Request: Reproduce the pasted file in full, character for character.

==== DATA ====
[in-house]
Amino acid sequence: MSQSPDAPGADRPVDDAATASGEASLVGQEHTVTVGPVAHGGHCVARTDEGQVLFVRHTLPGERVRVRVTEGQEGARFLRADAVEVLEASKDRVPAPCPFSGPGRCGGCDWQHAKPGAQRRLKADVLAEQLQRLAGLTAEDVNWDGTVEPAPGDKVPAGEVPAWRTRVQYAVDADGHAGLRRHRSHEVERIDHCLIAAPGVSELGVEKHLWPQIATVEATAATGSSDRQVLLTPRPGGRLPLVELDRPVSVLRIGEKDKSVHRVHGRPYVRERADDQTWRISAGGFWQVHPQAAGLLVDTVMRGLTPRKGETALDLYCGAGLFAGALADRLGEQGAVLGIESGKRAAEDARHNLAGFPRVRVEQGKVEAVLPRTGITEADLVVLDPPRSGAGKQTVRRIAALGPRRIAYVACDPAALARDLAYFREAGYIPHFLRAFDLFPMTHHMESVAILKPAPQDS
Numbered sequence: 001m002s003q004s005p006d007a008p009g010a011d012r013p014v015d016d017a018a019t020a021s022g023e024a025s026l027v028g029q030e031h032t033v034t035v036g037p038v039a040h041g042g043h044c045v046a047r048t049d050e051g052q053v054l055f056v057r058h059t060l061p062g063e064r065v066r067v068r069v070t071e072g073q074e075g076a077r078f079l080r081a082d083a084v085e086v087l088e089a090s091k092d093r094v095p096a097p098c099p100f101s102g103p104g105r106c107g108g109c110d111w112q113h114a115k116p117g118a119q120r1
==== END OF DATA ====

[in-house]
Amino acid sequence: MSQSPDAPGADRPVDDAATASGEASLVGQEHTVTVGPVAHGGHCVARTDEGQVLFVRHTLPGERVRVRVTEGQEGARFLRADAVEVLEASKDRVPAPCPFSGPGRCGGCDWQHAKPGAQRRLKADVLAEQLQRLAGLTAEDVNWDGTVEPAPGDKVPAGEVPAWRTRVQYAVDADGHAGLRRHRSHEVERIDHCLIAAPGVSELGVEKHLWPQIATVEATAATGSSDRQVLLTPRPGGRLPLVELDRPVSVLRIGEKDKSVHRVHGRPYVRERADDQTWRISAGGFWQVHPQAAGLLVDTVMRGLTPRKGETALDLYCGAGLFAGALADRLGEQGAVLGIESGKRAAEDARHNLAGFPRVRVEQGKVEAVLPRTGITEADLVVLDPPRSGAGKQTVRRIAALGPRRIAYVACDPAALARDLAYFREAGYIPHFLRAFDLFPMTHHMESVAILKPAPQDS
Numbered sequence: 001m002s003q004s005p006d007a008p009g010a011d012r013p014v015d016d017a018a019t020a021s022g023e024a025s026l027v028g029q030e031h032t033v034t035v036g037p038v039a040h041g042g043h044c045v046a047r048t049d050e051g052q053v054l055f056v057r058h059t060l061p062g063e064r065v066r067v068r069v070t071e072g073q074e075g076a077r078f079l080r081a082d083a084v085e086v087l088e089a090s091k092d093r094v095p096a097p098c099p100f101s102g103p104g105r106c107g108g109c110d111w112q113h114a115k116p117g118a119q120r1